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A 2006 federal law required a double-layered fence along hundreds of miles of the U.S.-Mexico border. But that law has since undergone significant changes. (U.S Fish & Wildlife Service photo) A 2006 federal law required a double-layered fence along hundreds of miles of the U.S.-Mexico border. But that law has since undergone significant changes. (U.S Fish & Wildlife Service photo)

A 2006 federal law required a double-layered fence along hundreds of miles of the U.S.-Mexico border. But that law has since undergone significant changes. (U.S Fish & Wildlife Service photo)

By Sean Gorman December 29, 2015

Cruz falsely claims U.S. law requires double fencing on border

U.S. Sen. Ted Cruz, R-Texas, says President Barack Obama’s border policies aren’t just bad, they’re illegal.

"Existing law right now requires 700 miles of double-layered border fencing," Cruz, a presidential candidate, said during a recent radio interview on "The John Fredericks Show," broadcast in Portsmouth. "The Obama administration refuses to do that. They’ve built only 36 miles."

We wondered if the law requires that the U.S.-Mexico border have a 700-mile span of "double-layered fencing" in which two barriers are set up, one in front of the other.

Rick Tyler, a Cruz campaign spokesman, backed the senator’s statement by pointing us to the Secure Fence Act of 2006, which required that at least two layers of reinforced fencing be installed along five sections of the U.S.-Mexico border.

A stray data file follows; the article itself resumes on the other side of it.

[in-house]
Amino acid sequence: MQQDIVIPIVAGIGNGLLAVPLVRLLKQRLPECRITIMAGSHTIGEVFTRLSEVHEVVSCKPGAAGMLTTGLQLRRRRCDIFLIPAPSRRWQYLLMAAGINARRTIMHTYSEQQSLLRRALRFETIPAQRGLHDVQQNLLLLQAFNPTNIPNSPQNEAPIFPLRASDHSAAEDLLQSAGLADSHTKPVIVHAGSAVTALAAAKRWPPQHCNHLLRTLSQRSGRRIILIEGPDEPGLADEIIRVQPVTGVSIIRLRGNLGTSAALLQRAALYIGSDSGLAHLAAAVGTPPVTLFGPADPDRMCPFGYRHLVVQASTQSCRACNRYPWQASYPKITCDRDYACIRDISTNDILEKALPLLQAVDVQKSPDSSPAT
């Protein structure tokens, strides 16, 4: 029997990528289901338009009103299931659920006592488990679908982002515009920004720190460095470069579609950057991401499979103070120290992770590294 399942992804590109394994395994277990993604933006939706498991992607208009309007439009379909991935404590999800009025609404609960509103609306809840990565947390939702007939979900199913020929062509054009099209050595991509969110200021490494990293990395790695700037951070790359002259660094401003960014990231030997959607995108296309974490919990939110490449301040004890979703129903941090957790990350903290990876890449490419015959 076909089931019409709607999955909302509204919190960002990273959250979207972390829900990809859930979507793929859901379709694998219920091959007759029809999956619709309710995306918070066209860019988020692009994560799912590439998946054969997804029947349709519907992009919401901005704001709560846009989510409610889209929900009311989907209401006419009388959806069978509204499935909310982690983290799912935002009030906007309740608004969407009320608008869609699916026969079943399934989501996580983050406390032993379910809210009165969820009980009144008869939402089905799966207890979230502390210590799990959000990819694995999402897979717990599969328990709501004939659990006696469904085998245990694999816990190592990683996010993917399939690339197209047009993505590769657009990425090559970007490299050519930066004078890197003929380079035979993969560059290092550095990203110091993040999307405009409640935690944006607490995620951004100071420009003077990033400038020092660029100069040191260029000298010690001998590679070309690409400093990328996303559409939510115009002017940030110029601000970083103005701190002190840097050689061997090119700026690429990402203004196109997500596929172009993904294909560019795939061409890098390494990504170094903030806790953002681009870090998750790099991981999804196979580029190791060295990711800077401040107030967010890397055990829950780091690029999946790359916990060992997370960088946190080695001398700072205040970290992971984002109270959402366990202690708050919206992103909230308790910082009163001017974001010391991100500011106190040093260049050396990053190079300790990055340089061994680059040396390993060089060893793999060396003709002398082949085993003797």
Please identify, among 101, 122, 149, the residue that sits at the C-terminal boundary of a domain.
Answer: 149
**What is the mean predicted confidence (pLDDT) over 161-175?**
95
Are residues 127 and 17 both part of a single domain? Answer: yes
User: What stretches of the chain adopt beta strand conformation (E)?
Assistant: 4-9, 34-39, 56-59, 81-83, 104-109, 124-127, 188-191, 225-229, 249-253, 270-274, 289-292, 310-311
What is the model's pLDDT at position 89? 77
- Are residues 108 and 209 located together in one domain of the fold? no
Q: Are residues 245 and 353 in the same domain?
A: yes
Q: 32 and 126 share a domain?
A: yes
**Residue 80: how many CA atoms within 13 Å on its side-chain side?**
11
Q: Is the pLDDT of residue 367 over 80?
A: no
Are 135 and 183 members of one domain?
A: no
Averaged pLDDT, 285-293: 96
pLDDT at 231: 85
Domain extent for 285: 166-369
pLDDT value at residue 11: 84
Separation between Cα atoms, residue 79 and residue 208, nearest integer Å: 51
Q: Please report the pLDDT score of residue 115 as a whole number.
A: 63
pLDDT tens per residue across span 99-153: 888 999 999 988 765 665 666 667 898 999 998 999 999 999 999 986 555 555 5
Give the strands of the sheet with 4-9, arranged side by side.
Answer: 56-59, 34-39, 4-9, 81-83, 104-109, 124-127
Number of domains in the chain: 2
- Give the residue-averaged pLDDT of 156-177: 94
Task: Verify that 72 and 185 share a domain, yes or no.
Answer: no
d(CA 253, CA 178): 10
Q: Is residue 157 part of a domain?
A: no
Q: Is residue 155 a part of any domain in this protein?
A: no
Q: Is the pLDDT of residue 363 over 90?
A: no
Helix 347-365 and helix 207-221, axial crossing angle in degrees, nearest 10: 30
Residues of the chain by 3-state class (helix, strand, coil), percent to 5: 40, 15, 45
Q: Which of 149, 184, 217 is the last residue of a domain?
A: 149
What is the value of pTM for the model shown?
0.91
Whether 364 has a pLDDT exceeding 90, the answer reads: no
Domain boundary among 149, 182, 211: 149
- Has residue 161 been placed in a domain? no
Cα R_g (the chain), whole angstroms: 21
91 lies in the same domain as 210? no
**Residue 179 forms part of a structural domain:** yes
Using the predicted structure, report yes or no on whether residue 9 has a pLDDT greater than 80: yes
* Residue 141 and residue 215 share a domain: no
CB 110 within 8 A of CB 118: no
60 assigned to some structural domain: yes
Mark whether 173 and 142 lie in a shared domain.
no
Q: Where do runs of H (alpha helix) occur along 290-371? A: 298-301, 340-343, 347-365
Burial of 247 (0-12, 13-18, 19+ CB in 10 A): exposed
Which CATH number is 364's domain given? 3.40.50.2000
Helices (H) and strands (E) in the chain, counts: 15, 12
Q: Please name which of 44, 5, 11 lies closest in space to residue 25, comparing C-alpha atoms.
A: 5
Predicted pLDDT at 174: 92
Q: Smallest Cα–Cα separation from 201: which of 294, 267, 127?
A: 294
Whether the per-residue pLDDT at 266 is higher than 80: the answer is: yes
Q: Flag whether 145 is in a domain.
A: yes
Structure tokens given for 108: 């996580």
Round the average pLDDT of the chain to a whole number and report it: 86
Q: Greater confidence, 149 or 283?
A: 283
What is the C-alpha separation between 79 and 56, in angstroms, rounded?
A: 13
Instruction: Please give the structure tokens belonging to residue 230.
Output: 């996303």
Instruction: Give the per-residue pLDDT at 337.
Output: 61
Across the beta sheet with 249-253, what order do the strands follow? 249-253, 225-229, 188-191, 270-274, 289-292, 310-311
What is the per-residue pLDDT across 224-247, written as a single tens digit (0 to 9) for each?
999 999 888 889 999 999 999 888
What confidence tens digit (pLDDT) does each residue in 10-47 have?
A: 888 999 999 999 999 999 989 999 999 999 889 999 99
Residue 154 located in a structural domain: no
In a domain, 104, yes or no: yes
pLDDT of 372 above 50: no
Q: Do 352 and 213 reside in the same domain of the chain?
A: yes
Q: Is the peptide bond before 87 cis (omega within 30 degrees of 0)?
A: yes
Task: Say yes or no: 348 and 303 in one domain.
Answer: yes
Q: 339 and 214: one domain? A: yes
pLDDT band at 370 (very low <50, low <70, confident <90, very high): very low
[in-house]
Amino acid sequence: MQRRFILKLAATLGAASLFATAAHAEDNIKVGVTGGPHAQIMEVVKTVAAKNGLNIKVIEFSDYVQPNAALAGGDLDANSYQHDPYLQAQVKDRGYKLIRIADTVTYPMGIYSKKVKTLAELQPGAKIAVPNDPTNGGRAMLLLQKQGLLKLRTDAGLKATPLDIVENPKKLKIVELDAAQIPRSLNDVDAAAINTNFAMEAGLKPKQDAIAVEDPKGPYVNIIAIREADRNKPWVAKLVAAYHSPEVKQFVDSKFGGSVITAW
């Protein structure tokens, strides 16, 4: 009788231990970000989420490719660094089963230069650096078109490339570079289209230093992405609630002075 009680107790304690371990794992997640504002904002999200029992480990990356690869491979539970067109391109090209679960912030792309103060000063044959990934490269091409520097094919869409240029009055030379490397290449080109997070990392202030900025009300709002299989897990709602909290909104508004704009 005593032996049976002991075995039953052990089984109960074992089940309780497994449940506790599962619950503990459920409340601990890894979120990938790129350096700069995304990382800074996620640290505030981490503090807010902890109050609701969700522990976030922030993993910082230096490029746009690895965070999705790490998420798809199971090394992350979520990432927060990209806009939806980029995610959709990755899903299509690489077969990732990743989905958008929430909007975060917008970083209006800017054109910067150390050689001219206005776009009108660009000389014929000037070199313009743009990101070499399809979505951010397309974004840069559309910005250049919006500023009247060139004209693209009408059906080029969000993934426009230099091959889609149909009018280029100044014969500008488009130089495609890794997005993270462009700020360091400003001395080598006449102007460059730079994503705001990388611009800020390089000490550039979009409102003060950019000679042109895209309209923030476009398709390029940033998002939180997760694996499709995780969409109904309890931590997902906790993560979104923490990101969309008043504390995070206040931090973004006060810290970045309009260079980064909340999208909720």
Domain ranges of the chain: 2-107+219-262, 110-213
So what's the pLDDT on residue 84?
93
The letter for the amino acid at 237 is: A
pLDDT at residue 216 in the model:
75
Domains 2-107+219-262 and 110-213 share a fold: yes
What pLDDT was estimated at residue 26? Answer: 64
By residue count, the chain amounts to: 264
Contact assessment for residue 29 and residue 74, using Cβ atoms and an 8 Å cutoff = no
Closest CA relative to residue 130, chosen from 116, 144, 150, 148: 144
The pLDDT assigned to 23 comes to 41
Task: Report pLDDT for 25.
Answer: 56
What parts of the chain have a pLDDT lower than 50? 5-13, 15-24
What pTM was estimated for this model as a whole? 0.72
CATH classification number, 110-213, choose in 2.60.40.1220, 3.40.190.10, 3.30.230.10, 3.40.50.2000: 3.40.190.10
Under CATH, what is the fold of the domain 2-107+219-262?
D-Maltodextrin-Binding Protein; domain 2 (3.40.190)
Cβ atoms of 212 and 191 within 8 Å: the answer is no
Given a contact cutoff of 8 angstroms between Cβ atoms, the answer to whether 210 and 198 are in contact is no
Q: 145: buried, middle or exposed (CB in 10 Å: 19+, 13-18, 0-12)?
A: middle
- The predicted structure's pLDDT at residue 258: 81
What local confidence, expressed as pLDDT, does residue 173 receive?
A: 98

Those sections totaled about 850 miles, although the fenced area would be somewhat less, because other means could be used to secure the border in areas with steep terrain. In areas of steep terrain, "other means" could be used to secure the border, the nonpartisan Congressional Research Service said in an April 2015 report.

The bottom line is, the law mandated a double-layered fence along a stretch of at least 700 miles, covering more than one-third of the roughly 1,900 miles of the U.S.-Mexico border.

But the law was amended in 2008 and loosened the fence requirements that Cruz continues to describe.

The current law, contained in the Consolidated Appropriations Act of 2008, still mandates the construction of a fence covering "not less than 700 miles" of the border. But - key to this fact check - it erased the requirement that the fence be double-layered.

Instead, the law mandates that "reinforced fencing" be erected. That generally means a barrier that’s more durable and sturdy than a typical fence, but the law doesn’t specify the barrier’s height or that it be constructed from wire mesh or another material, according to the  Congressional Research Service report.

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The new law "now mandates only a single layer of reinforced fencing (while not precluding additional layers from being deployed, if deemed appropriate)," the report says.

So what has been built? The Department of Homeland Security says it has fencing on 650 miles, according to the research service. About 350 miles of that fencing is designed only to deter pedestrian crossings and contains only one barrier layer. Another 300 miles is covered by a "vehicle fence" - barriers designed to stop cars and trucks from crossing the border but not people traveling by foot.